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Feb 4, 2016

Purifying Water with Leaf-mimicking Device

Posted by in categories: food, materials, solar power, sustainability

New method to make purify water and eliminate clean water shortages in the future by purifying waste water via artificial leafing.


Contaminated water can be cleaned up to varying levels of purity with a new artificial leaf. Photo: American Chemical Society For years, scientists have been pursuing ways to imitate a leaf’s photosynthetic power to make hydrogen fuel from water and sunlight. In a new twist, a team has come up with another kind of device that mimics two of a leaf’s processes — photosynthesis and transpiration — to harness solar energy to purify water. Their development, reported in the journal ACS Applied Materials & Interfaces, could help address issues of water scarcity.

More than 1 billion people around the world live in areas where clean water is hard to come by, and that number will likely rise as the population grows.

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Feb 4, 2016

Scientists Discover How the Human Brain Folds

Posted by in category: neuroscience

Scientists were able to study brain growth using a 3D gel model in order to see how the human brain gets its folds.

New research shows that our brains are likely folded because, as they grow, a large amount of volume has to fit in a small space (AKA, our skulls). This compression is actually beneficial, the folds reduce the length of neuronal wiring, improving cognitive function.

Researchers at the Harvard John A. Paulson School of Engineering and Applied Sciences teamed up with scientists in Finland and France to find out more about the folding process.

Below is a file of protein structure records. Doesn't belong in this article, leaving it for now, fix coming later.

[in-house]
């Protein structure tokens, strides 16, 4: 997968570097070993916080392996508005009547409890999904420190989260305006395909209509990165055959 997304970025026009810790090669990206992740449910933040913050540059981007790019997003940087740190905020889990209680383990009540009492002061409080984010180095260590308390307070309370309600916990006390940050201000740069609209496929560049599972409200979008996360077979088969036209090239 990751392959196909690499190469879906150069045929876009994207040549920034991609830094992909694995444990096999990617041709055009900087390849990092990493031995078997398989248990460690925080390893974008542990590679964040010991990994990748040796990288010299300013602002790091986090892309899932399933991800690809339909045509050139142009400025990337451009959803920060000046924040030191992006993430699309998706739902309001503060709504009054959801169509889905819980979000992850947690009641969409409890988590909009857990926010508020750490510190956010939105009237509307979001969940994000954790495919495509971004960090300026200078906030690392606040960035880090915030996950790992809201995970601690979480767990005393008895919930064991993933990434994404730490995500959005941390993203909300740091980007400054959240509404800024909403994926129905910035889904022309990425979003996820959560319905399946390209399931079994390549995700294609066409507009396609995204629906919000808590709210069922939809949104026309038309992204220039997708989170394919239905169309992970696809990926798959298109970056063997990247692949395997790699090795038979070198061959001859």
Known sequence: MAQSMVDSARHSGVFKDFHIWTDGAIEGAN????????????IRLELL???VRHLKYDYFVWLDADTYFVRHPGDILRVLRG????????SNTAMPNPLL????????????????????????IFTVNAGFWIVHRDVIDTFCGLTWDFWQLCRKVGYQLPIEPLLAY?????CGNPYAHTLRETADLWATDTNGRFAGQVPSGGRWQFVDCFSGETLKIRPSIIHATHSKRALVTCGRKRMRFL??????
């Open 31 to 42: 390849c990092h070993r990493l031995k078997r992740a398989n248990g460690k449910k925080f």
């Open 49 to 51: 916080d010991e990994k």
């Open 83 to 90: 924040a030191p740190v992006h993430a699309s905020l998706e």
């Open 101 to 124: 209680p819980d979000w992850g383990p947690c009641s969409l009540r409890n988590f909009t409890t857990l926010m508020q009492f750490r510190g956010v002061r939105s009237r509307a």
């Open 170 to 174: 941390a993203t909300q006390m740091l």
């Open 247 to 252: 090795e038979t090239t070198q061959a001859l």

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Feb 4, 2016

HoloLens Could Reinvent How We Watch Football

Posted by in category: augmented reality

HoloLens is about to change the way we watch sports. http://voc.tv/14JQHoo

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Feb 4, 2016

A designer created a projector that completely changes faces

Posted by in category: futurism

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Feb 4, 2016

DNA used to assemble nanoparticles into a copy of the crystalline structure of diamond

Posted by in categories: biotech/medical, computing, materials, nanotechnology, particle physics

Building building diamond lattices through DNA.


Using bundled strands of DNA to build Tinkertoy-like tetrahedral cages, scientists at the U.S. Department of Energy’s Brookhaven National Laboratory have devised a way to trap and arrange nanoparticles in a way that mimics the crystalline structure of diamond. The achievement of this complex yet elegant arrangement, as described in a paper published February 5, 2016, in Science, may open a path to new materials that take advantage of the optical and mechanical properties of this crystalline structure for applications such as optical transistors, color-changing materials, and lightweight yet tough materials.

“We solved a 25-year challenge in building diamond lattices in a rational way via self-assembly,” said Oleg Gang, a physicist who led this research at the Center for Functional Nanomaterials (CFN) at Brookhaven Lab in collaboration with scientists from Stony Brook University, Wesleyan University, and Nagoya University in Japan.

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Feb 4, 2016

MIT engineers have developed a new kind of RFID chip that’s nearly impossible to hack

Posted by in categories: cybercrime/malcode, materials, security

Non-hackable RFIDs


You might not realize it, but radio frequency identification (RFID) tech is everywhere these days. From the cards in your wallet, to inventory control in warehouses, it’s the technology that works behind the scenes to power the world around you. RFID has brought efficiency to complicated industries and makes our tiny devices and everyday carry items speak to each other. But RFID technology has also been very vulnerable to security attacks and information hackers – until now. A team of researchers from MIT and Texas Instruments have developed a new kind of RFID chip that they believe is impossible to hack.